Measles is one of the most highly contagious diseases in the world and is spread when an infected person coughs or sneezes, expelling clouds of aerosolized virus particles.
A new study by researchers at Mayo Clinic and the University of Iowa has identified a receptor protein that allows measles virus to enter the airway cells -- the virus's point of departure from the host.
"We have identified a cell-specific receptor that is not involved in the initial infection, but is involved in the final stages of the viral life cycle before the virus gets released when it's coughed out," says Patrick Sinn, PhD, assistant professor of pediatrics at the UI Roy J. and Lucille A. Carver College of Medicine.
The findings, which are published November 2 in the Advance Online Publication of the journal Nature, also show that the receptor, known as nectin-4, is required for measles virus to spread from cell to cell within the airway's epithelial layer. This spread creates large patches of infected cells poised to release virus into the airways where it can be expelled.
Measles virus affects more than 10 million children worldwide each year and accounts for approximately 120,000 deaths. In the United States, vaccination and good health care mean that deaths from measles are rare. However, the disease can still cause serious complications for young children, such as pneumonia and deafness, and miscarriage in pregnant women. In recent years, the spread of the virus has increased due to lack of sufficient vaccine coverage and prevalence of international travel -- meaning it's still a significant public health problem in the United States.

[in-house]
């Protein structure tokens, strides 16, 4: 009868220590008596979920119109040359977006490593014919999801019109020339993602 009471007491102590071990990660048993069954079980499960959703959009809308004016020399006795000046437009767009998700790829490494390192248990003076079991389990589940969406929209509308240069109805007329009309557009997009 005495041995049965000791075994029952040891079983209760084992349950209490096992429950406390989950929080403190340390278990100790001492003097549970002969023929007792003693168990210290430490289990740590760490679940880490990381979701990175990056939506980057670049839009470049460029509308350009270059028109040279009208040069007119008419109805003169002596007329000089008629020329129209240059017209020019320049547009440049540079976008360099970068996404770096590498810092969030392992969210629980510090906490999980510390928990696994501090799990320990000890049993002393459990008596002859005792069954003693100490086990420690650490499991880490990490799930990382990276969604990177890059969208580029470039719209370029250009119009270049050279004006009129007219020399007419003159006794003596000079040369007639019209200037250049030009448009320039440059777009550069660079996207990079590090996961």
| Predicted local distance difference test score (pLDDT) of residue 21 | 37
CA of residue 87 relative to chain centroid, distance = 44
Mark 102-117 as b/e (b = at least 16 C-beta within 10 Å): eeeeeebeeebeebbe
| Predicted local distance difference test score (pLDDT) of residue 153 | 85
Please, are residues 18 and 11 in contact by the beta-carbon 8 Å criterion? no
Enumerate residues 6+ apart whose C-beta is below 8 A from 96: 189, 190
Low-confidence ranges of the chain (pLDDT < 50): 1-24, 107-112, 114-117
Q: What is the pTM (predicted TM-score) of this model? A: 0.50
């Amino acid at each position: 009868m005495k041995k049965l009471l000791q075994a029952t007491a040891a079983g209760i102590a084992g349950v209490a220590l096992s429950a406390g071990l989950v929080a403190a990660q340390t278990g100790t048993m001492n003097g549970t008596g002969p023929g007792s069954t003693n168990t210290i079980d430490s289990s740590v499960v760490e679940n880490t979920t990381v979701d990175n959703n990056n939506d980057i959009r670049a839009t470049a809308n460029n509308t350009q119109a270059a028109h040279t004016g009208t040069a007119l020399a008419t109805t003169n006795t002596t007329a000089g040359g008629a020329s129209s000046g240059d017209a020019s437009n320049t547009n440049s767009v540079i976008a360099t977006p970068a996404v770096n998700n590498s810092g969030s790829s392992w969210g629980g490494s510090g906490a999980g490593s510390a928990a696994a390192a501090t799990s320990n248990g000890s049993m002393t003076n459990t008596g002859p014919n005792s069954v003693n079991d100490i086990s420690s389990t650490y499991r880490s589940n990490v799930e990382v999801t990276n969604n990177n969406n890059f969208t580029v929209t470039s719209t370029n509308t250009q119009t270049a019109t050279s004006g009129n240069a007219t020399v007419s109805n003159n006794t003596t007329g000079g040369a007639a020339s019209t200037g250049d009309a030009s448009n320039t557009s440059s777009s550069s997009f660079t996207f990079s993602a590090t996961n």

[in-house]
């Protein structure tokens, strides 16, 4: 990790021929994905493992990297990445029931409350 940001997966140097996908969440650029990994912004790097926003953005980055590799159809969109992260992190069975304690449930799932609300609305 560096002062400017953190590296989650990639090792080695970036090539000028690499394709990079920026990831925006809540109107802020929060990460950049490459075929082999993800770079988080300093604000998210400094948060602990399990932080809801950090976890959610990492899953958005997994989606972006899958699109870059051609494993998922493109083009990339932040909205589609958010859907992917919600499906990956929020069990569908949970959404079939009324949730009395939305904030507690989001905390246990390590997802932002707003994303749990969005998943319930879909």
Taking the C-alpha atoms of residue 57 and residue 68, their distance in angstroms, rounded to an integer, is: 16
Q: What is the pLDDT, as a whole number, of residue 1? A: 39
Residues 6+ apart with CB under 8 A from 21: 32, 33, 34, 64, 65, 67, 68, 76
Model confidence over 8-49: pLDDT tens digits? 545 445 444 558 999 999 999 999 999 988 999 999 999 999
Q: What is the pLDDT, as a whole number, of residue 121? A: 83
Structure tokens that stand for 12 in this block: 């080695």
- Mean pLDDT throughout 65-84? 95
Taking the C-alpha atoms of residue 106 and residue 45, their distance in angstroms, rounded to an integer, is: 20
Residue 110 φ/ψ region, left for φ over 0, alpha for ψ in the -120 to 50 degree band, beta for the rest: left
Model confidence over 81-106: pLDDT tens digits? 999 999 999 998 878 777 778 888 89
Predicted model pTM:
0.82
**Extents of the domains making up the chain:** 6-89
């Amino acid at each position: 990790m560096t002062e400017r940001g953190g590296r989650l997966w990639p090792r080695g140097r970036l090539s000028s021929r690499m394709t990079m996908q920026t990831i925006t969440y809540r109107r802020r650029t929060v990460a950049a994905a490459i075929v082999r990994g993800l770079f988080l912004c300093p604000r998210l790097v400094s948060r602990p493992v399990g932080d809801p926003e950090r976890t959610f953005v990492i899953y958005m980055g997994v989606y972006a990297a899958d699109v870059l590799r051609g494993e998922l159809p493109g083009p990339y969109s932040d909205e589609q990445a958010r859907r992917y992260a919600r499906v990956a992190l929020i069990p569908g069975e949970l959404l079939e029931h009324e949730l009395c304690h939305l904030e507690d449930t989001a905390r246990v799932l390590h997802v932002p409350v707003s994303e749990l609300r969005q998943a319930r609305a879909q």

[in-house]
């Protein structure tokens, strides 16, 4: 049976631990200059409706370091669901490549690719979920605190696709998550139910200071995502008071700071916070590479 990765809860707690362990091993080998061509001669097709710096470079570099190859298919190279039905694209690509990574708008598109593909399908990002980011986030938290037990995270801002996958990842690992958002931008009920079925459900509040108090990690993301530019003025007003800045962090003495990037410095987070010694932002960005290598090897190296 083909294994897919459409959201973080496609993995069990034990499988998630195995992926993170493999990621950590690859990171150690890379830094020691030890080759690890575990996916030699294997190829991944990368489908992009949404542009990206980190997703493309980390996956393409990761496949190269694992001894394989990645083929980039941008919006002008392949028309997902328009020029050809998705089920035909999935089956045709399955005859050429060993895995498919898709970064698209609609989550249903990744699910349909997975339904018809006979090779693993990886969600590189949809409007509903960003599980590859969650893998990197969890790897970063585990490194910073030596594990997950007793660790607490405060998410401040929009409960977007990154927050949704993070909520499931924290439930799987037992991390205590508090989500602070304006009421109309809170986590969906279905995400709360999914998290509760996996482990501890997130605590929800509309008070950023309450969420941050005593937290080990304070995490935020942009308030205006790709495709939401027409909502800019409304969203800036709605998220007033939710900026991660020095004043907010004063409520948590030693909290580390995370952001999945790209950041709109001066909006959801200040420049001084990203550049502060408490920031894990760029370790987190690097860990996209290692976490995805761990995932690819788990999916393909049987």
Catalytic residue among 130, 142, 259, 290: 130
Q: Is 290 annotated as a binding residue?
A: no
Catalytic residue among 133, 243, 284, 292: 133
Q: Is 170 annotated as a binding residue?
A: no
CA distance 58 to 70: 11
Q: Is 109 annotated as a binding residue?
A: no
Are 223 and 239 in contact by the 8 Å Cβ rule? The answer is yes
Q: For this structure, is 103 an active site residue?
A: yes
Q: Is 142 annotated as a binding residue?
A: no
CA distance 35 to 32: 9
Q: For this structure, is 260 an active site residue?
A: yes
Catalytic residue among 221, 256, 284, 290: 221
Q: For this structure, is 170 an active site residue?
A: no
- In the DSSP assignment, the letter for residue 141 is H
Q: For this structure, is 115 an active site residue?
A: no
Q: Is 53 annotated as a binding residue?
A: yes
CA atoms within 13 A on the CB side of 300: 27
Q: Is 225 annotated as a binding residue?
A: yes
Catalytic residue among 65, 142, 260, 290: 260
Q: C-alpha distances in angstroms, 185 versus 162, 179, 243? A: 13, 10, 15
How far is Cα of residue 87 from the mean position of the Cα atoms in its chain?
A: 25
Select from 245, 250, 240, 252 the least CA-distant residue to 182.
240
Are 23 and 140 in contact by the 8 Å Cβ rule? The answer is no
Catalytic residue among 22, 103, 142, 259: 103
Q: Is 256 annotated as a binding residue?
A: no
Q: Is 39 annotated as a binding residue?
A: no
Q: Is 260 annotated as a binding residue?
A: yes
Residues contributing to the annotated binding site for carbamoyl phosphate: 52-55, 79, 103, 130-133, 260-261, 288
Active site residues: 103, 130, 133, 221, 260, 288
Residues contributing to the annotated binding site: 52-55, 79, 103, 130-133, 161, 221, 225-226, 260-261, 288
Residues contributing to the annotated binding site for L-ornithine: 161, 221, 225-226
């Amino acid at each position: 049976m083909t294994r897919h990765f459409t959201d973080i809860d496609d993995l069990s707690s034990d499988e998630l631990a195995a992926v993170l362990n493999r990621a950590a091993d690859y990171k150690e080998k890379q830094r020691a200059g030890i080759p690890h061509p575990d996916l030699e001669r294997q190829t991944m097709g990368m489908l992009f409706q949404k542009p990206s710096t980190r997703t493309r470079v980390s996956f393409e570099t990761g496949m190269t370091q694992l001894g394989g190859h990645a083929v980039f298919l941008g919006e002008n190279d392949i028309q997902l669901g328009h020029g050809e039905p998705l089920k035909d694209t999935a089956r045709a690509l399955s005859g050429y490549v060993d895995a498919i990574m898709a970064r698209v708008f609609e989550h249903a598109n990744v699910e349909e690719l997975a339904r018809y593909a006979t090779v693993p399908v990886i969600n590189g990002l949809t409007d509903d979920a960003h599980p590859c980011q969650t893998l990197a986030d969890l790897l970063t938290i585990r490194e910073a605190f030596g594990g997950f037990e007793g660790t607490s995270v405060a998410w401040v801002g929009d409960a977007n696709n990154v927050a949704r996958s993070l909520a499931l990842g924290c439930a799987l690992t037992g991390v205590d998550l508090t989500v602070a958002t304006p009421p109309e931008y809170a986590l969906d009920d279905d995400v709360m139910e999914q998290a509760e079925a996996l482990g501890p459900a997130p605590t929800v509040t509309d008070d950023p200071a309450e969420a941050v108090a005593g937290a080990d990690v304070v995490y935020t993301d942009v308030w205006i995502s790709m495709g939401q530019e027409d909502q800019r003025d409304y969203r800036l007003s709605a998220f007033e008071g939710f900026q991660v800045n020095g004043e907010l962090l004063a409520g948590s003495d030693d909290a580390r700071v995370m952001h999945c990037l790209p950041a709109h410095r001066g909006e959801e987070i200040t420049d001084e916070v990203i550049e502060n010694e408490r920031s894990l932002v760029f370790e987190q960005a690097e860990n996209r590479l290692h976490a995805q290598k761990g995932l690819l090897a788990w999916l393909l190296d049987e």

Using Measles Virus to Fight Cancer
In addition to improving understanding of measles virus and how it spreads, the new study findings also have implications for cancer therapy.
Previous work has shown that measles virus infects and destroys certain cancer cells. Modified measles virus is currently being tested at Mayo Clinic as an anti-cancer therapy for ovarian cancer, glioblastoma multiforme (a type of brain cancer), and multiple myeloma.
Nectin-4, the newly discovered measles receptor, is normally expressed only on epithelial cells in the airway. However, certain cancer types, including ovarian, breast and lung cancers, also express the receptor on their cell surfaces. The new findings suggest that the presence of nectin-4 on cancer cells may mean they can be targeted with measles virus, which researchers hope will prove to be a less toxic treatment than chemotherapy or radiation.
In addition to Sinn, UI researchers Paul McCray, MD, professor of pediatrics, and genetics graduate student Shyam Ramachandran also were involved in the study. The team also included scientists from the Paul Ehrlich Institute in Germany, the Armand Frappier Institute in Montreal, Canada, the University of Aix-Marseille in France and the National University of Singapore/Duke University.